Solving the seafarer shortage
Seafarer supply is lagging behind demand, putting workers and vessels at risk. Changing aspirations are making recruitment harder than ever – but upskilling and career progression could offer one solution.
For ship operators, it was no surprise that Drewry’s 2023/24 Manning Annual Review and Forecast found that seafarer labour shortages are at a 17-year high. It is the latest in a line of reports highlighting that while global demand for shipping has increased over the years, recruiting and retaining seafarers is much more challenging than ever before.
“Ships are still sailing, but if the supply doesn’t improve significantly, there could be problems,” says Rhett Harris, senior manning analyst at Drewry. Those problems could eventually result in vessels being stuck at port, but vessels could increasingly sail with skeleton crews before then. The result – seafarers become overworked. Vessel maintenance may take a back seat, resulting in more significant repair jobs in dry docks. In a worst-case scenario, accidents will become more frequent.
Supply and demand
Although seafarers come from across the world, some countries supply a greater proportion than others. Among the major seafarer supply countries, intake numbers vary.
“In India and the Philippines, the government provides excellent support to seafarers, so their intake is actually good,” says Harris. China is also one of the major supply countries seeing good intake. Chinese seafarers tend to favour Chinese-flagged vessels however, so are less likely to contribute to the global supply.
Some supply countries are seeing declining rates. Among the most prominent are Russia and Ukraine – a trend that is unlikely to change until the war in Ukraine ends.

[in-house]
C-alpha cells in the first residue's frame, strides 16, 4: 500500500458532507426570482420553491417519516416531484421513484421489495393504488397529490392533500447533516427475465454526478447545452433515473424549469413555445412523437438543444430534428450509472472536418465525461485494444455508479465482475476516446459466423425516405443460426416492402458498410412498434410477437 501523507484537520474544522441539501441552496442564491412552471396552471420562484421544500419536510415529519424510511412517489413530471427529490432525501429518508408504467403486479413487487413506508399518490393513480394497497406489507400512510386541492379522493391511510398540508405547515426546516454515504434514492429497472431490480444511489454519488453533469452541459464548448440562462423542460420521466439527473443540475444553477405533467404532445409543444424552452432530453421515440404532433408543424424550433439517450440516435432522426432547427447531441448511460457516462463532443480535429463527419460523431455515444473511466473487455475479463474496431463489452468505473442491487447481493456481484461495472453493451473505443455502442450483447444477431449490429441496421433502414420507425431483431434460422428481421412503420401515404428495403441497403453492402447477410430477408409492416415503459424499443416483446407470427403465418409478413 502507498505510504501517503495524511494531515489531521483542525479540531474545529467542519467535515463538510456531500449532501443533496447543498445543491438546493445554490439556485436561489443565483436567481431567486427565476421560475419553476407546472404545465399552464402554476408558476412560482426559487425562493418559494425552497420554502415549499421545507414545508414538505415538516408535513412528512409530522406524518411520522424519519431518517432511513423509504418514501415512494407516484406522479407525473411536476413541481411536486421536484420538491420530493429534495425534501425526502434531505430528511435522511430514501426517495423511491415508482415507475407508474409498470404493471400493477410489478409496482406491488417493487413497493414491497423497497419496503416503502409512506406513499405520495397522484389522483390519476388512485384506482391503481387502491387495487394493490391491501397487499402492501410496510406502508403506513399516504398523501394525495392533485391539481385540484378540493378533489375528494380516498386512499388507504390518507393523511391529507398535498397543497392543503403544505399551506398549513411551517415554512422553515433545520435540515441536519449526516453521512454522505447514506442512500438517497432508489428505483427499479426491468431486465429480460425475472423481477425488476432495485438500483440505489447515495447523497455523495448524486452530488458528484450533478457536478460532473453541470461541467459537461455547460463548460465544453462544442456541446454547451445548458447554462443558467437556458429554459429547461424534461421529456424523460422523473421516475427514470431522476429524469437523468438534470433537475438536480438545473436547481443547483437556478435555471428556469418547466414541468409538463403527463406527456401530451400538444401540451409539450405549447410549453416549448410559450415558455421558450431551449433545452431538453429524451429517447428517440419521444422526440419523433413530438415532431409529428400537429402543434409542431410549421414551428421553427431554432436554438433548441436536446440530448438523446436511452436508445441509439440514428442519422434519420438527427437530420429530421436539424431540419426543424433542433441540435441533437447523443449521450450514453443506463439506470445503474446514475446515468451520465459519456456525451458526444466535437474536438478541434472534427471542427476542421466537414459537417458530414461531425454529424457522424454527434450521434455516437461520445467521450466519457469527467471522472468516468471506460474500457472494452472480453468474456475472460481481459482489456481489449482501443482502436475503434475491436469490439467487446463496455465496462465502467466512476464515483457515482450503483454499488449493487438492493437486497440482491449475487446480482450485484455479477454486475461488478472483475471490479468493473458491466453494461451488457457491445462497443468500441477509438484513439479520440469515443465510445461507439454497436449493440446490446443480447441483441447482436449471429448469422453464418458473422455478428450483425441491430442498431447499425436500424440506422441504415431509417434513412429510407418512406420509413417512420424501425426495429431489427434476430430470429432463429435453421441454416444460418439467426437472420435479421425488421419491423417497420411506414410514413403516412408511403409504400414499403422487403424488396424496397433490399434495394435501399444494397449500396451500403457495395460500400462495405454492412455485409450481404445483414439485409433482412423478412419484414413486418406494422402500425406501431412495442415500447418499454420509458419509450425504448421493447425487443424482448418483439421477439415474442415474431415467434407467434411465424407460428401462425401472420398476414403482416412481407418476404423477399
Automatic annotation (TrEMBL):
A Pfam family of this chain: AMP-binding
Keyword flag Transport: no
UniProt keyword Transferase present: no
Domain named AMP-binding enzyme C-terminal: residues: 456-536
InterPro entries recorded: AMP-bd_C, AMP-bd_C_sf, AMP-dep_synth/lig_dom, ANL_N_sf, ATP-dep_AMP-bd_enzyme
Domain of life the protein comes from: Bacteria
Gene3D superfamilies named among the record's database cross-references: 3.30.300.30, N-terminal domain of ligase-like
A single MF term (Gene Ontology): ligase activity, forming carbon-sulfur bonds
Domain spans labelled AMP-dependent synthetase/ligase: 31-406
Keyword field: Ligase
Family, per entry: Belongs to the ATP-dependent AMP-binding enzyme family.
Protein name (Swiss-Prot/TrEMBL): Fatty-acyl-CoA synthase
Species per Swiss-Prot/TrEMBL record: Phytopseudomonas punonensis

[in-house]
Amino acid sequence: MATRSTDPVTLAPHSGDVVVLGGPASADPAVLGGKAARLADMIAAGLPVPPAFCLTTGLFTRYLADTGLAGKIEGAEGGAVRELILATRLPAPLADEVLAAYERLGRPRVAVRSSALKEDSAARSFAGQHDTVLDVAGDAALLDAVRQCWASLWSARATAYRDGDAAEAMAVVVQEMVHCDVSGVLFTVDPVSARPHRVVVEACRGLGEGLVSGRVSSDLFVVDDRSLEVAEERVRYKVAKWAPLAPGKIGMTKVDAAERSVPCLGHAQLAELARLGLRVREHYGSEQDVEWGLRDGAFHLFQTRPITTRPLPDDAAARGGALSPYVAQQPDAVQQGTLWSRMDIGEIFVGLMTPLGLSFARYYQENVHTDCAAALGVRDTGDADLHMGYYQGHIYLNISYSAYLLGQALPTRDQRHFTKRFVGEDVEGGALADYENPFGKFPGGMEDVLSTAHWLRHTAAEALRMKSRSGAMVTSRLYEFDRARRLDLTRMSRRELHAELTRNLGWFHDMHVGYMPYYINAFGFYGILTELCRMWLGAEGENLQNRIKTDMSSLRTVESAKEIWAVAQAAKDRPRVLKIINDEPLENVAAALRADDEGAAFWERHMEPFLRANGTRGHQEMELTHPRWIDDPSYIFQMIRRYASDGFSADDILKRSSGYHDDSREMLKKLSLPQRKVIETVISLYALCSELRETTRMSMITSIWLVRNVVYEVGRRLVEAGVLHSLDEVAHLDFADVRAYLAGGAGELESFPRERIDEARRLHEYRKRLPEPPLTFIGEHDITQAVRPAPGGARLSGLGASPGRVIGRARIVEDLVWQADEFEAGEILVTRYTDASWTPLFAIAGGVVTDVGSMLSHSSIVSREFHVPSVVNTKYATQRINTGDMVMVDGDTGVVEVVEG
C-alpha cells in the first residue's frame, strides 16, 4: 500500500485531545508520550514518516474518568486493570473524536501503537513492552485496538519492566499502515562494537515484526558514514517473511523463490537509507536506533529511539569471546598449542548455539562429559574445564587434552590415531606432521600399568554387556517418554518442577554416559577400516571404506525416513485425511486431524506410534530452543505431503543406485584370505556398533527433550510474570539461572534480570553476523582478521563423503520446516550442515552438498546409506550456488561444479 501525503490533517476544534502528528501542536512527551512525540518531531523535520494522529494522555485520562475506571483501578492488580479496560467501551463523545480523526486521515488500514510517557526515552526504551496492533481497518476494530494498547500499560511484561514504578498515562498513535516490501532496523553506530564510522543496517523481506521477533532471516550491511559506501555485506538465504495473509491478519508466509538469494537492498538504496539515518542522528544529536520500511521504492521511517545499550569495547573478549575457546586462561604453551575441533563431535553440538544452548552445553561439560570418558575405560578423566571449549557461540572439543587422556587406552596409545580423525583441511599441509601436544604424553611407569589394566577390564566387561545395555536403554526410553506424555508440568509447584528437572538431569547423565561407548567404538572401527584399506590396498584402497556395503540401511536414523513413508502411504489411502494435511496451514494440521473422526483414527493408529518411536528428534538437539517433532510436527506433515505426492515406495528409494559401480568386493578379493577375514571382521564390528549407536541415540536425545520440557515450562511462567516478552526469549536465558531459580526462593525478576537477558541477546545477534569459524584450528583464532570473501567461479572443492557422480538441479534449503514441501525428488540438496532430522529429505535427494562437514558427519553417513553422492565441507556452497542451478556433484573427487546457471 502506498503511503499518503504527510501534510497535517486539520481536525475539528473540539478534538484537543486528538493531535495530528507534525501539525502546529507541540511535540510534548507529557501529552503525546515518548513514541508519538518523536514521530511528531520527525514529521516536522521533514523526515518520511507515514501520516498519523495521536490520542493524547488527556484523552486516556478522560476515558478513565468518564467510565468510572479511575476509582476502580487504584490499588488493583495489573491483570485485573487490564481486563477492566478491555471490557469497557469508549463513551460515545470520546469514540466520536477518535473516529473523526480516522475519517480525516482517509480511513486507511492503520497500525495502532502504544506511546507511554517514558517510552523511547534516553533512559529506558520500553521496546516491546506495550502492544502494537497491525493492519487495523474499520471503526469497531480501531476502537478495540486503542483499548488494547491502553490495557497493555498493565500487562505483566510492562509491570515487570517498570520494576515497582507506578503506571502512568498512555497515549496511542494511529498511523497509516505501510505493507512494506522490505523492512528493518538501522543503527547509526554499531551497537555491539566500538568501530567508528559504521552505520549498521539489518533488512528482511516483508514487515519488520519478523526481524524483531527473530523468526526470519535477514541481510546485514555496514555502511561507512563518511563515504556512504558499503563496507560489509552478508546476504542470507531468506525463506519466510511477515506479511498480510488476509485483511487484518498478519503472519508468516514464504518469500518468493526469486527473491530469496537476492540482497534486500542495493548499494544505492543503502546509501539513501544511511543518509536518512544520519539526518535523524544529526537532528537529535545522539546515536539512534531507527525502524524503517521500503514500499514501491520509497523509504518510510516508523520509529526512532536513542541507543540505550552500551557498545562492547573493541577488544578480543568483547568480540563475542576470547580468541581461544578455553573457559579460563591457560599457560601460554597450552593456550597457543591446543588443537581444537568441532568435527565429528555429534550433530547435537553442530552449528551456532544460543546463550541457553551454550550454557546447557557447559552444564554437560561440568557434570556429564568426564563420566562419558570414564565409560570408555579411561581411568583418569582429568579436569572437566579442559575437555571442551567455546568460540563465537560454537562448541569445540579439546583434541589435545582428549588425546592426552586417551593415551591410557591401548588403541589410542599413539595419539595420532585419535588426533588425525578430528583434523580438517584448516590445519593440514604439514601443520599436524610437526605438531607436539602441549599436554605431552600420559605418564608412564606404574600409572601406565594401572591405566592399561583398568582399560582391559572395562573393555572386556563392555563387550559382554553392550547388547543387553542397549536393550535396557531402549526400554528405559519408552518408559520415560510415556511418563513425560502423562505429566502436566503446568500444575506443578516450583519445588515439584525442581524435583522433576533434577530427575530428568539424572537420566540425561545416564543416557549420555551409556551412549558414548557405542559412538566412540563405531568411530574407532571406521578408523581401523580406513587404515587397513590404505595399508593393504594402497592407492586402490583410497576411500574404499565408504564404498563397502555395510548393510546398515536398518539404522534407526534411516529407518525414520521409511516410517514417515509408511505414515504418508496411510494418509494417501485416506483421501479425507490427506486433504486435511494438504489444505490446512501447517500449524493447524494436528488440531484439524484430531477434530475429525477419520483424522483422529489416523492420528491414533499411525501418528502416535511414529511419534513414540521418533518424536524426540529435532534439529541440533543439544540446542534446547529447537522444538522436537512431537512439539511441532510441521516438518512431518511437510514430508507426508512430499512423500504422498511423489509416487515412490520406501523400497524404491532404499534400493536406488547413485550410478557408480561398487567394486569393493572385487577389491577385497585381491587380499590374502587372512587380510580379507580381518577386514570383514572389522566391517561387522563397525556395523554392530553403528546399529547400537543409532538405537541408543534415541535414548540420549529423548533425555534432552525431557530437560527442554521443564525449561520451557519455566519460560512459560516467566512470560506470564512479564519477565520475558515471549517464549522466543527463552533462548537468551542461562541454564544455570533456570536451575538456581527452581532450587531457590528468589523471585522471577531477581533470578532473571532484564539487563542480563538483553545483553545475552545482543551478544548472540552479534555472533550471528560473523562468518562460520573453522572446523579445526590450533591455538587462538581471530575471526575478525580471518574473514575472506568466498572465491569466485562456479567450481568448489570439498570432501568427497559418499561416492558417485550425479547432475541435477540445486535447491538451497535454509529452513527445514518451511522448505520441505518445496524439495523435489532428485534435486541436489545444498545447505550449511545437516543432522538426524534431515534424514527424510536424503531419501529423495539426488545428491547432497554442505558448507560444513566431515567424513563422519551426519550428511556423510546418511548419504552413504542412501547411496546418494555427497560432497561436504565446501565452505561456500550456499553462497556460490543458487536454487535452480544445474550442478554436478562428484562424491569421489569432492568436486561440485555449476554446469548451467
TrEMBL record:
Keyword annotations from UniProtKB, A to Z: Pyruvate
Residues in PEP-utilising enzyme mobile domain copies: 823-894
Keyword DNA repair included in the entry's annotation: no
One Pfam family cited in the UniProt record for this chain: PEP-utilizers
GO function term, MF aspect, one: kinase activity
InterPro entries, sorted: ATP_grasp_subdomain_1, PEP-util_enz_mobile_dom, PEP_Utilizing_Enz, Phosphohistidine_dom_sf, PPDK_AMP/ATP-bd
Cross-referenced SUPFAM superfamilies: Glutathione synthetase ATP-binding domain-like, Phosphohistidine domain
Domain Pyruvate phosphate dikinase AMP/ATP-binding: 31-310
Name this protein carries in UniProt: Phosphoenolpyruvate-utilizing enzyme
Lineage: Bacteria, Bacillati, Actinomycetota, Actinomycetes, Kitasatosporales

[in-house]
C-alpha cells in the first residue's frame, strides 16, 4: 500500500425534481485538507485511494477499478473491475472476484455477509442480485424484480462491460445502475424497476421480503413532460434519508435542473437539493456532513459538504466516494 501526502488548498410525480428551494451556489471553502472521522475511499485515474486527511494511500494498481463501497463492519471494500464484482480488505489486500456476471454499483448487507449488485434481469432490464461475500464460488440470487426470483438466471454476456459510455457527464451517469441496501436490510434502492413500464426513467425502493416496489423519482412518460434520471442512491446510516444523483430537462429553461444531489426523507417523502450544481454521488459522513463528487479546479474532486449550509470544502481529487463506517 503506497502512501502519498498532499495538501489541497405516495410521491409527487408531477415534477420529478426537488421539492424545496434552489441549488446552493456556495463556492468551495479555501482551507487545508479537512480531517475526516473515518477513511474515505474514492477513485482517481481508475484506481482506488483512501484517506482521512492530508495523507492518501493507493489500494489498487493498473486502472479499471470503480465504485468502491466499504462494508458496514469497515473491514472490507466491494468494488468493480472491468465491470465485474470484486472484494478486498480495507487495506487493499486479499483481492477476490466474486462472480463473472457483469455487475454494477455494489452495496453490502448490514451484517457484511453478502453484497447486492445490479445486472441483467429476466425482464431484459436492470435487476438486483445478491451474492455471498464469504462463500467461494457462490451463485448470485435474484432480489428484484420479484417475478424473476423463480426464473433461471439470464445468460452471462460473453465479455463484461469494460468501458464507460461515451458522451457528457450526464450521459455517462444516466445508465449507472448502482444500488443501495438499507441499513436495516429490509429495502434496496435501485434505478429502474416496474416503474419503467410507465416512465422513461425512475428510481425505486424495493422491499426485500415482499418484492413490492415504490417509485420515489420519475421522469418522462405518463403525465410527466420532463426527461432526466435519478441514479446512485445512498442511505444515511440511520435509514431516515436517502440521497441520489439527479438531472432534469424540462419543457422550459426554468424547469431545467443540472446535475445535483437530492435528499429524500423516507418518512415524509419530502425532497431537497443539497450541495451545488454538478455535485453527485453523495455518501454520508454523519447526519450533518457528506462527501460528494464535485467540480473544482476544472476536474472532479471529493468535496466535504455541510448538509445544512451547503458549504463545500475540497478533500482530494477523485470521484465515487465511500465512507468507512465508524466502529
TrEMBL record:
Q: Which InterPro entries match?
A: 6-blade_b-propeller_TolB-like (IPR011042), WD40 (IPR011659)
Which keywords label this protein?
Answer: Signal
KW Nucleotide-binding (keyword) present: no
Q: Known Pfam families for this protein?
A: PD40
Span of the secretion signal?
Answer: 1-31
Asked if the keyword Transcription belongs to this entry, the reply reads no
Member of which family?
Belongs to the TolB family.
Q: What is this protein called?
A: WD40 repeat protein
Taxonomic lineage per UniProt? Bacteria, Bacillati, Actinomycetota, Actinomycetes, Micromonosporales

For some, it isn’t the number of seafarers available globally that matters but the number of seafarers available in a particular country. For example, “the USA has the Jones Act, which says any vessel starting a voyage from a US port and finishing voyage in a US port has to have US National seafarers on board,” says Harris. “In a way, they’re self-limiting.”
Regardless of whether seafarers from a particular country are needed or not, recruitment has to be a priority if current – let alone projected – demand for seafarers is to be met. Seafaring needs to be seen as an attractive option. One of the biggest challenges is the extended periods spent at sea. “You're away for several months, and then you come back, and things are normal for a few months, and then you go away again,” Harris says.
Historically, long periods away were more of an issue for women, who were often expected to be at home (especially if they had children). However, men are increasingly finding an away-from-home lifestyle less attractive. Part of this relates to changes in family dynamics, with men taking on a greater role in family life than they would have done 50 or even 10 years ago.
It also partly relates to changes in aspirations. Long work hours, small, often shared and uncomfortable cabins, unpleasant tasting water, and few entertainment options certainly don’t suit everyone. Then there is the issue of connectivity. “Young people now have grown up in a connected world, so they've always had the Internet,” Harris points out. “Now they’re going to go away and be completely disconnected.”